Abstract

We examined whether adolescents required greater prenatal weight gains than nonadolescents to deliver equal weight babies following a low-risk pregnancy. Maternal characteristics and monthly weight gains were collected from medical records obtained from a private health maintenance organization (n = 423). Maternal weight gain, gestational age, parity, and cigarette use during pregnancy were significant predictors of infant birth weight in our regression models. Subjects were nonsmokers with a gestational age greater than 37 weeks and a parity equal to 0 who entered prenatal care during the first trimester of pregnancy. Mean total weight gains for the adolescents (16.2 ± 4.8 kg; n = 51) and adults (15.2 ± 5.4 kg; n = 65), and infant birth weights were similar. Mean infant birth weight was 3473 ± 394 g for the adolescents and 3339 ± 453 g for the young adults, whereas the optimal weight range for newborns is about 3500-3999 g. Modifiable risks are the important predictors of infant birth weight, and adolescents do not appear to require a greater weight gain than young adults to deliver similar weight babies.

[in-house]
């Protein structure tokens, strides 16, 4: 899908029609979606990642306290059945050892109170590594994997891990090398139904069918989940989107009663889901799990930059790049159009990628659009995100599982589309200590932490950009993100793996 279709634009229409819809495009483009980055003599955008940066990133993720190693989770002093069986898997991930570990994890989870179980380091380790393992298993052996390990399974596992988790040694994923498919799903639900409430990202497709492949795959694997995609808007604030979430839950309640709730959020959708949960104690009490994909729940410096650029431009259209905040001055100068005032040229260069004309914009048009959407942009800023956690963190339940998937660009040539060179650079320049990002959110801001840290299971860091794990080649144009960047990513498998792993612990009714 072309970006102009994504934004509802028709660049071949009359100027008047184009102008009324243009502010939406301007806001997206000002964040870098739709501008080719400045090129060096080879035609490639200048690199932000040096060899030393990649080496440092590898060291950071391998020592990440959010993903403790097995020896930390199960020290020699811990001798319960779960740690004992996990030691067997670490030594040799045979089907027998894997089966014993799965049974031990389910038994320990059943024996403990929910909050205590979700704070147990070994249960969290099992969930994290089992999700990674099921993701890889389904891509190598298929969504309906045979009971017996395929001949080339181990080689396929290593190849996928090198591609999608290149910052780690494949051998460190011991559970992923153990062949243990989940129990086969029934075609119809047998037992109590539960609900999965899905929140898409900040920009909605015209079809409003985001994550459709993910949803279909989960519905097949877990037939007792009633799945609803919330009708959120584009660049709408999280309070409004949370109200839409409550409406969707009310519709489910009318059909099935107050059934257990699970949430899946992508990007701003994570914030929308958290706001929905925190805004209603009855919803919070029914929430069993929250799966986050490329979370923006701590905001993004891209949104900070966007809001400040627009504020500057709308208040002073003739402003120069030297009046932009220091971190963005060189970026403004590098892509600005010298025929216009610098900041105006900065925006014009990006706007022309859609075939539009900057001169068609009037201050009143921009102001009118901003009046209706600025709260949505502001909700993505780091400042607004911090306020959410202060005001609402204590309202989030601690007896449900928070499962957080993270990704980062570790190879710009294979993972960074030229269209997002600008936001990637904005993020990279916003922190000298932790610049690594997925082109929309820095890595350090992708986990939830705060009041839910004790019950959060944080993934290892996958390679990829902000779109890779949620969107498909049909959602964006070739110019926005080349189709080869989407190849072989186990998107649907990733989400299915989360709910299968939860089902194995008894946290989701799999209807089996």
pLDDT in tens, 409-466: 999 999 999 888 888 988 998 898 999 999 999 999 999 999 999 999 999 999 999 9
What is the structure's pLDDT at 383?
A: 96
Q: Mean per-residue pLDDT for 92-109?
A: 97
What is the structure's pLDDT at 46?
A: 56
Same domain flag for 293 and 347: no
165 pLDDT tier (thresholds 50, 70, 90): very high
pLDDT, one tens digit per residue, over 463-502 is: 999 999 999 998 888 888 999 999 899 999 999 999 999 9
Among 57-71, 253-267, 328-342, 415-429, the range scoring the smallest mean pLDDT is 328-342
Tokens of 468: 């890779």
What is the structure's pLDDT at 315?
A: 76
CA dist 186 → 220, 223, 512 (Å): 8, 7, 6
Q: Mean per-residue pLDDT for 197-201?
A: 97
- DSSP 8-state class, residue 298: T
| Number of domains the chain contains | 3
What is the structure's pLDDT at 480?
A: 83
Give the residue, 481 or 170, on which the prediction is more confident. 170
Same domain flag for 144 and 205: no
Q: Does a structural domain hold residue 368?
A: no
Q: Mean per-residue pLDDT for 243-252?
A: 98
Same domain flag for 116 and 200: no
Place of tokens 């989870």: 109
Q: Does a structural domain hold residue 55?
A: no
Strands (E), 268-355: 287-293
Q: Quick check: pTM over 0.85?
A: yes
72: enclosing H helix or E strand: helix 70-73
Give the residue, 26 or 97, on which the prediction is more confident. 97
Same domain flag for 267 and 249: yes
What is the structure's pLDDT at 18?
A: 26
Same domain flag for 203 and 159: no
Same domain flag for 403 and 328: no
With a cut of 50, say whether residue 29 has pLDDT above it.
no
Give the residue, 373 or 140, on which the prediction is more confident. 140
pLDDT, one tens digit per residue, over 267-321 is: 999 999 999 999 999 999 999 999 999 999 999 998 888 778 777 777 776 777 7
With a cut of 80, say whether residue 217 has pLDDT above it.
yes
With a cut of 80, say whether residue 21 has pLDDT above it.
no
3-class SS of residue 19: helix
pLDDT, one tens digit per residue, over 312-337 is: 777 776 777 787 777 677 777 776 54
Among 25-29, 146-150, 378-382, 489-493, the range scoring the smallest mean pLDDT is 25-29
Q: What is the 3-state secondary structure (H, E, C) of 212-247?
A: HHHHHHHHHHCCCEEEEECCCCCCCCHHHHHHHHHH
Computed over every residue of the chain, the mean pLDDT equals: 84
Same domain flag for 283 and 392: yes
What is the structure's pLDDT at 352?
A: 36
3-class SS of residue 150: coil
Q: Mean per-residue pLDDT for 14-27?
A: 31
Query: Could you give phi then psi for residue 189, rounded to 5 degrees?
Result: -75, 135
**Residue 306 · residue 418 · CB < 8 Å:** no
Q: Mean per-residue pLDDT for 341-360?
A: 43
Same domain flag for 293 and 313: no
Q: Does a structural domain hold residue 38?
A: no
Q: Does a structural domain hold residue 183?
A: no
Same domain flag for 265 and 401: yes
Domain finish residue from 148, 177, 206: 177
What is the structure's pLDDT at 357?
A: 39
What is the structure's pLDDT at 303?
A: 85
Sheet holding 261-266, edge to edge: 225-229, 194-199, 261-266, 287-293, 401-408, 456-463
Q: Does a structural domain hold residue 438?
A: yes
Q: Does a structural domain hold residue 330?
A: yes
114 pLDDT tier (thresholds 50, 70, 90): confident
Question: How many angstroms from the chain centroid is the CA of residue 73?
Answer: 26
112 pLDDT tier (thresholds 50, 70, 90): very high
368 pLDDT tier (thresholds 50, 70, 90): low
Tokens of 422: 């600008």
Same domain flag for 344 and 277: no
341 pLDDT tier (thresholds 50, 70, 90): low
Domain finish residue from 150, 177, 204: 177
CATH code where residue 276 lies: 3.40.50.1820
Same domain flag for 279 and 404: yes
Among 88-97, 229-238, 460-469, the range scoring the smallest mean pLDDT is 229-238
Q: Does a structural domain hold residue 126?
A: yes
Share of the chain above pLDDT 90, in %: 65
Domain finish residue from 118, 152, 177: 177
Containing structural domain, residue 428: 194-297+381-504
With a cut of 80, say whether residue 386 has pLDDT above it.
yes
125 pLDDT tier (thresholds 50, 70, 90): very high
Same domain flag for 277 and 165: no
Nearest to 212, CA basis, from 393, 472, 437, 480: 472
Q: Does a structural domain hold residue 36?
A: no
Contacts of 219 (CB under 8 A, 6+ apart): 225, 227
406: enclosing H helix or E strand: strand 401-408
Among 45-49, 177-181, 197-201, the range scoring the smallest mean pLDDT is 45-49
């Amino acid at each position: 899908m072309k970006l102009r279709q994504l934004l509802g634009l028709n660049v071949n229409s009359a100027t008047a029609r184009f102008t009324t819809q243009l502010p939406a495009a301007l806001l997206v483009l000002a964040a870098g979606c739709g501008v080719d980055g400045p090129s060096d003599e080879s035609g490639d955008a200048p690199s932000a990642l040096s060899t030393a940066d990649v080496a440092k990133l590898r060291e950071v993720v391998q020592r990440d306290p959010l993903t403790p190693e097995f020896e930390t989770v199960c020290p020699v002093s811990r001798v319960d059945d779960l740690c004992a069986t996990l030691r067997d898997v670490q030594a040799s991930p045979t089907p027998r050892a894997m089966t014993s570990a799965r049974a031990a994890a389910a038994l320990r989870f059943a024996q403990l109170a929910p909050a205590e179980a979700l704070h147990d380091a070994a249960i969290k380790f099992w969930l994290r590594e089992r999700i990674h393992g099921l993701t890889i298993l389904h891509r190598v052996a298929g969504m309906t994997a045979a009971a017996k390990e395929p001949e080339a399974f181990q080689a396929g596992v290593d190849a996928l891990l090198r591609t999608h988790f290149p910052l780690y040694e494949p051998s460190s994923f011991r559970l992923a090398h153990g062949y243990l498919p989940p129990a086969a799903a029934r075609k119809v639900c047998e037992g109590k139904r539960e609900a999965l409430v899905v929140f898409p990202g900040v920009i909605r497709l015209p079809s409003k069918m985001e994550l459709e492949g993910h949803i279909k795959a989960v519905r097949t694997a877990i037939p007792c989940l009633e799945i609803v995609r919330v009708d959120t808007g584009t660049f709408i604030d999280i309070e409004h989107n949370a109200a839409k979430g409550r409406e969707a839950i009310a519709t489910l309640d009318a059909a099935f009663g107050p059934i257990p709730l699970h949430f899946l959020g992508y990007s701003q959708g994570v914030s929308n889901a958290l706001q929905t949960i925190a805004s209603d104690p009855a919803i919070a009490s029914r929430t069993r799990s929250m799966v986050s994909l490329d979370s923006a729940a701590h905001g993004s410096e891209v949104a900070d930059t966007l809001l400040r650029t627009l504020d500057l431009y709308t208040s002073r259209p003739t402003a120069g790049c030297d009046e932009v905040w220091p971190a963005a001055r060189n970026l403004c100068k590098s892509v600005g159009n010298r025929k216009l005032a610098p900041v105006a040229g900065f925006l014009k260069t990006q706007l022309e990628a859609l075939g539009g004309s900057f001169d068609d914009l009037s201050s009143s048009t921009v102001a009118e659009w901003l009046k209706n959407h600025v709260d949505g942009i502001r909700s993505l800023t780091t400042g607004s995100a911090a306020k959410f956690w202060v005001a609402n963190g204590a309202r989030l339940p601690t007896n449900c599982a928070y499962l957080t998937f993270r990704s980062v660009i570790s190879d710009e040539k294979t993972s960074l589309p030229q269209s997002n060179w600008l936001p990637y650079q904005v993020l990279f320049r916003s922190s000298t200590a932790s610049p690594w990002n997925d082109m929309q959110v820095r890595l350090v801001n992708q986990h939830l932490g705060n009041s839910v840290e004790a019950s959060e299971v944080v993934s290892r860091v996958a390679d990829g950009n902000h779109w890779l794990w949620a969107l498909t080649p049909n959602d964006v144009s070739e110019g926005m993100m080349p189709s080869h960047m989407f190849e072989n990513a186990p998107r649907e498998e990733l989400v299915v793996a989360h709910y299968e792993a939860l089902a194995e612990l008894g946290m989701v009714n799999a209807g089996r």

Original languageEnglish (US)
Pages (from-to)185-189
Number of pages5
JournalJournal of the American College of Nutrition
Volume10
Issue number3
DOIs
StatePublished - Jun 1 1991

Keywords

  • Adolescent
  • Low birth weight
  • Maternal weight gain
  • Pregnancy

ASJC Scopus subject areas

  • Medicine (miscellaneous)
  • Nutrition and Dietetics

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